Department of Preventive Medicine and Biometrics, Uniformed Services University of the Health Sciences, Room A1040, 4301 Jones Bridge Road, Bethesda, MD 20814-4712, USA.
Significant Army resources are utilized to identify nonimmune recruits for targeted vaccinations against hepatitis A, hepatitis B, measles, rubella, and varicella. Therefore, a cost-minimization analysis between the Accession Screening and Immunization Program (ASIP) and the previously utilized universal vaccination program will assist military public health policy makers in decisions that enhance force health protection.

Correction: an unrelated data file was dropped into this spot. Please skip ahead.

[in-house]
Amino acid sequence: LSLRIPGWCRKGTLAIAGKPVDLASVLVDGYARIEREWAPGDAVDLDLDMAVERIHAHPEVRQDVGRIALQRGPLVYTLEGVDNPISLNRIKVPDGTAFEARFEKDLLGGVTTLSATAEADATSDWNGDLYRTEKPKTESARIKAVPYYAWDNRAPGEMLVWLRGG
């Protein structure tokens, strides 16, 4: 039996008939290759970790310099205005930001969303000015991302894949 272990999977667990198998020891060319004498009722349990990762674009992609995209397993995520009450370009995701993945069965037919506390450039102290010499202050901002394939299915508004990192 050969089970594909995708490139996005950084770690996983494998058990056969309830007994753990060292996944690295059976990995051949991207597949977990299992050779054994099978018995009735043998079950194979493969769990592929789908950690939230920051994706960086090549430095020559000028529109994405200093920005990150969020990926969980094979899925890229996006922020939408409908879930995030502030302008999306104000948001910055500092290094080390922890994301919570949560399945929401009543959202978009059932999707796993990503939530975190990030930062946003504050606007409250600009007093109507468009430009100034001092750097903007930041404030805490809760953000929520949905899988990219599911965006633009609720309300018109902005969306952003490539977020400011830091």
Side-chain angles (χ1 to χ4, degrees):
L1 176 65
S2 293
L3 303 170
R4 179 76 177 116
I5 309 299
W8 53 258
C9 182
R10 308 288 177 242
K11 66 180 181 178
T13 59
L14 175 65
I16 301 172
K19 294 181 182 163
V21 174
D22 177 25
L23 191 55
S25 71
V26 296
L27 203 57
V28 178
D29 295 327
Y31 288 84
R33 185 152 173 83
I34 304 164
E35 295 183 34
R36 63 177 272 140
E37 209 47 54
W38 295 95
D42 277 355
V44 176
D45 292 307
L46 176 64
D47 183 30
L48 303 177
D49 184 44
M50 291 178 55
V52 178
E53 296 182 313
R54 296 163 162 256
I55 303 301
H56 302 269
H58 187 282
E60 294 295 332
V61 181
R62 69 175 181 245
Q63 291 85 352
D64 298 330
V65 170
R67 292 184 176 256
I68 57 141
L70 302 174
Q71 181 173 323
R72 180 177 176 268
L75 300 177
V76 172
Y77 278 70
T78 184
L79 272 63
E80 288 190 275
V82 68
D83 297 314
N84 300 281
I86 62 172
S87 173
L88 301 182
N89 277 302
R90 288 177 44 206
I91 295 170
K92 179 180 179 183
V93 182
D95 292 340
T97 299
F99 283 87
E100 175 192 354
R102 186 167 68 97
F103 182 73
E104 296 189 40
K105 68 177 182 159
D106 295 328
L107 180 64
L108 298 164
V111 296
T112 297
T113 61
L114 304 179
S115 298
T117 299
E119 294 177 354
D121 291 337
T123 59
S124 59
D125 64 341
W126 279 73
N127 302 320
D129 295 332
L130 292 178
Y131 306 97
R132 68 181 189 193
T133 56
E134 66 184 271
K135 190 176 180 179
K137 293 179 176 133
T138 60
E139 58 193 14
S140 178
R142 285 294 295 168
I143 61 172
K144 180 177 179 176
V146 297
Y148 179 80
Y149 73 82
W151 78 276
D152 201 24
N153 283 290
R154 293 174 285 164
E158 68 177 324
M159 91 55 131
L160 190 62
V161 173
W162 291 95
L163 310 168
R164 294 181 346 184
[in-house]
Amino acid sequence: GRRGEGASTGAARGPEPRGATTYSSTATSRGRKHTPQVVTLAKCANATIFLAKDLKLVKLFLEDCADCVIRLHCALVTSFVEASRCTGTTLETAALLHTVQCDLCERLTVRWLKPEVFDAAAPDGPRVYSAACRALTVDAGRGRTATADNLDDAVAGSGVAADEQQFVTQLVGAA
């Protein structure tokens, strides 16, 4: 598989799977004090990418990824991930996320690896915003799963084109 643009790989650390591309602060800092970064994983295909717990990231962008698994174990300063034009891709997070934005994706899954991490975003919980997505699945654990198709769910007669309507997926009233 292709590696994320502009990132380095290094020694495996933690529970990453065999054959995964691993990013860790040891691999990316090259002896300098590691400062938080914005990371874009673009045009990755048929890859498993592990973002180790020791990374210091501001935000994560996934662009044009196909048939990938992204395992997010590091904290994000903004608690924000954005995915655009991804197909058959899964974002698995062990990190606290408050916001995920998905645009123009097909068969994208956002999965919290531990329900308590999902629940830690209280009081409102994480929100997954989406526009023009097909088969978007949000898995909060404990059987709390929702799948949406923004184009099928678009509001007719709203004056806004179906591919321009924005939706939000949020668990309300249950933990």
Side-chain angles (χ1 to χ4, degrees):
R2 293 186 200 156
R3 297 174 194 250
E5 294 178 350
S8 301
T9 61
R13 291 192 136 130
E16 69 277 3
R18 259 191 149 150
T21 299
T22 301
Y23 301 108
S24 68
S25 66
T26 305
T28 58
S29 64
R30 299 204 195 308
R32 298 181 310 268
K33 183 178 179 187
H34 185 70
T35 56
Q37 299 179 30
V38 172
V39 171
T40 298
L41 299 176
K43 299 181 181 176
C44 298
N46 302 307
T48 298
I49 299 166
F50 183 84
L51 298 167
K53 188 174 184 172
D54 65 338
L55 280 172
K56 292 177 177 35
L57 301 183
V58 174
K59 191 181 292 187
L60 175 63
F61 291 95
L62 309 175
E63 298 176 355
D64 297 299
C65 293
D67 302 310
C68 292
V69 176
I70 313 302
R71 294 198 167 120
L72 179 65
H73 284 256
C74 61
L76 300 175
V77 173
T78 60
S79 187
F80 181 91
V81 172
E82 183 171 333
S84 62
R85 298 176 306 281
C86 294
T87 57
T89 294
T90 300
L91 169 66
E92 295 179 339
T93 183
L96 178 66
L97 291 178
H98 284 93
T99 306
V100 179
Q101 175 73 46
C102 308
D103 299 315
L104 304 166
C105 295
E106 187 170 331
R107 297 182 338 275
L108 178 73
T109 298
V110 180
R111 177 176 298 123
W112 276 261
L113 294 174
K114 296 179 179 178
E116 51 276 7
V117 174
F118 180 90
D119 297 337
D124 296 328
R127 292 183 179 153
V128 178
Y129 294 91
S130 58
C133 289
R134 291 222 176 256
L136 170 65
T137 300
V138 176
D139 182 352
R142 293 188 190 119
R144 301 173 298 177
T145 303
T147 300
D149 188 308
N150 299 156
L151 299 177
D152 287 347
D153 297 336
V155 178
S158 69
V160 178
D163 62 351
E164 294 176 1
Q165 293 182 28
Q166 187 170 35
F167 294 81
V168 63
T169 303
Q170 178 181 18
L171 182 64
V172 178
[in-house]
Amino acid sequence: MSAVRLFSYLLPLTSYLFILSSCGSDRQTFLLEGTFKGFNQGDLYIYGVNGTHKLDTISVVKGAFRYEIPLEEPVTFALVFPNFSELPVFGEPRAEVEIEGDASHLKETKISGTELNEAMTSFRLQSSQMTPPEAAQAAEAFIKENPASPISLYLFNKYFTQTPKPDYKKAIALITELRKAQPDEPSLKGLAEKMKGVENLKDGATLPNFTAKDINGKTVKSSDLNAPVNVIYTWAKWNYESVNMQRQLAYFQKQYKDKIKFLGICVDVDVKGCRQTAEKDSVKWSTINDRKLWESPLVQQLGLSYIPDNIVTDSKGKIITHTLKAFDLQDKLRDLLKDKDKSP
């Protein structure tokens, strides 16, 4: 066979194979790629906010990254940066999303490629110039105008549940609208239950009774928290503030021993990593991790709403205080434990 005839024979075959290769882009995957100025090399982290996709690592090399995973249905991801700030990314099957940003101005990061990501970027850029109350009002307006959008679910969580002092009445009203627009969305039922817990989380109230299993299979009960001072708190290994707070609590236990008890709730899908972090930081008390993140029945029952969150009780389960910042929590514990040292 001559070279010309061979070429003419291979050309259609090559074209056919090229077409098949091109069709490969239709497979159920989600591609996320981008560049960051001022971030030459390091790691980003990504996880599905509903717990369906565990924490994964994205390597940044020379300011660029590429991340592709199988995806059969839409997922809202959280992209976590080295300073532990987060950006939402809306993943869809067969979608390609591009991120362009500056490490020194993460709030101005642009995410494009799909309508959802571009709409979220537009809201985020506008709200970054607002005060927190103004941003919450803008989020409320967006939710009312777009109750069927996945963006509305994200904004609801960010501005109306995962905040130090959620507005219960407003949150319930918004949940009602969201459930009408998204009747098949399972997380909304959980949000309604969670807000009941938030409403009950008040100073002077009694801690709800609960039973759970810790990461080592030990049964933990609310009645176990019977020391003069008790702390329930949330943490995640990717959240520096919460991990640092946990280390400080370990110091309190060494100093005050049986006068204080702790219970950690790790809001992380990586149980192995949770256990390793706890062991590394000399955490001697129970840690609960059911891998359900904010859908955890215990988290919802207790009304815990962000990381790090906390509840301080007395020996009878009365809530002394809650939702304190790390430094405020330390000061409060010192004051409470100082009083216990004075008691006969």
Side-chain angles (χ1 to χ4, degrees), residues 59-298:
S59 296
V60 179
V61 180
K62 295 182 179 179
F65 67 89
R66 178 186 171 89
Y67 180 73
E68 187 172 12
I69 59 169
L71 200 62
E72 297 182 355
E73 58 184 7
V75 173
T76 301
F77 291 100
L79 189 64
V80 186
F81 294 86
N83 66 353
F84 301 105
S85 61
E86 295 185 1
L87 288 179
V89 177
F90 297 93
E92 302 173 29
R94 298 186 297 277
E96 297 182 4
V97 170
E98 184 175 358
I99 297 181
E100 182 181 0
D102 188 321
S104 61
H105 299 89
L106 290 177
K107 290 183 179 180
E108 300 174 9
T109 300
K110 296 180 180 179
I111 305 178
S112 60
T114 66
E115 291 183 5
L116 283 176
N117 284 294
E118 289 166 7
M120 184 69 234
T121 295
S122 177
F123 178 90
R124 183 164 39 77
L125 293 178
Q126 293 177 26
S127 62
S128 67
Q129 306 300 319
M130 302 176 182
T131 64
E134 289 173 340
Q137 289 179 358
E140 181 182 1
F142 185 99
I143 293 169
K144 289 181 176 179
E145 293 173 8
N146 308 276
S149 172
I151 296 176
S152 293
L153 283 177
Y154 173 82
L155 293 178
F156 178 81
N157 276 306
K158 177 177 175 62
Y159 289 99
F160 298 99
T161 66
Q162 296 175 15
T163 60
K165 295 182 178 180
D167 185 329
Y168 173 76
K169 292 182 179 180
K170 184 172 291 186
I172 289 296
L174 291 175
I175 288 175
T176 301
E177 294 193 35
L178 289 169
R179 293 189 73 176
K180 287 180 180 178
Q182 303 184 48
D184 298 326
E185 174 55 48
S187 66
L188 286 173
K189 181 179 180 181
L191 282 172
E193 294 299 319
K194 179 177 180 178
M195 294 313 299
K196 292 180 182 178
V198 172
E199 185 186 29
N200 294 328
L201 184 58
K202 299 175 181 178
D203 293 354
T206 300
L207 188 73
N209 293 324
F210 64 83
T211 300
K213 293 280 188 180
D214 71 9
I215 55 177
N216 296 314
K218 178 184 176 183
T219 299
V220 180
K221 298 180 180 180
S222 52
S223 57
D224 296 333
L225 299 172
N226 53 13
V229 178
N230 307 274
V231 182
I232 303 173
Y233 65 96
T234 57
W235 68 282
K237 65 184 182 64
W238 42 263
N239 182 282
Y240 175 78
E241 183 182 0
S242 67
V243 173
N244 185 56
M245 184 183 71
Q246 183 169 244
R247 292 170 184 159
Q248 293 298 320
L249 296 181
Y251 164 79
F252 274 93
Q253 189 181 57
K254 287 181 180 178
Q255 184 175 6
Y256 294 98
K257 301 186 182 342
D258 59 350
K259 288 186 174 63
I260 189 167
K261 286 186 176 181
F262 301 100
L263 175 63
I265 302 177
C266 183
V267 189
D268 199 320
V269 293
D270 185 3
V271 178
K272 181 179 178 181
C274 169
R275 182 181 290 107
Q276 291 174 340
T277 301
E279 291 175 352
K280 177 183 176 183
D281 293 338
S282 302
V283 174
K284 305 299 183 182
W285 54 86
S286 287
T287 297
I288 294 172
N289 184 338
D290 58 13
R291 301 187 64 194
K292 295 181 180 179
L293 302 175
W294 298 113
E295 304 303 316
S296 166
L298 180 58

Serological immunity data on 41,146 Fort Leonard Wood, Missouri, Army basic training recruits aged 17 to 42 years from October 1, 2007 to September 30, 2009 were utilized. Vaccination, serology, and other direct and indirect costs were determined using the Federal Supply Schedule and local base immunization data. TreeAge Pro 2009 version 1.0.2 was used for the analysis.
The cumulative annual cost for the universal vaccination program totaled $1,504,587, whereas the cumulative costs for the ASIP totaled $1,094,025, for a cost-savings of $410,561 annually at this basic training site.
Over $400,000 of annual savings was realized from the ASIP compared to universal vaccination at Fort Leonard Wood, thus confirming the cost-savings theorized by the implementation of the ASIP.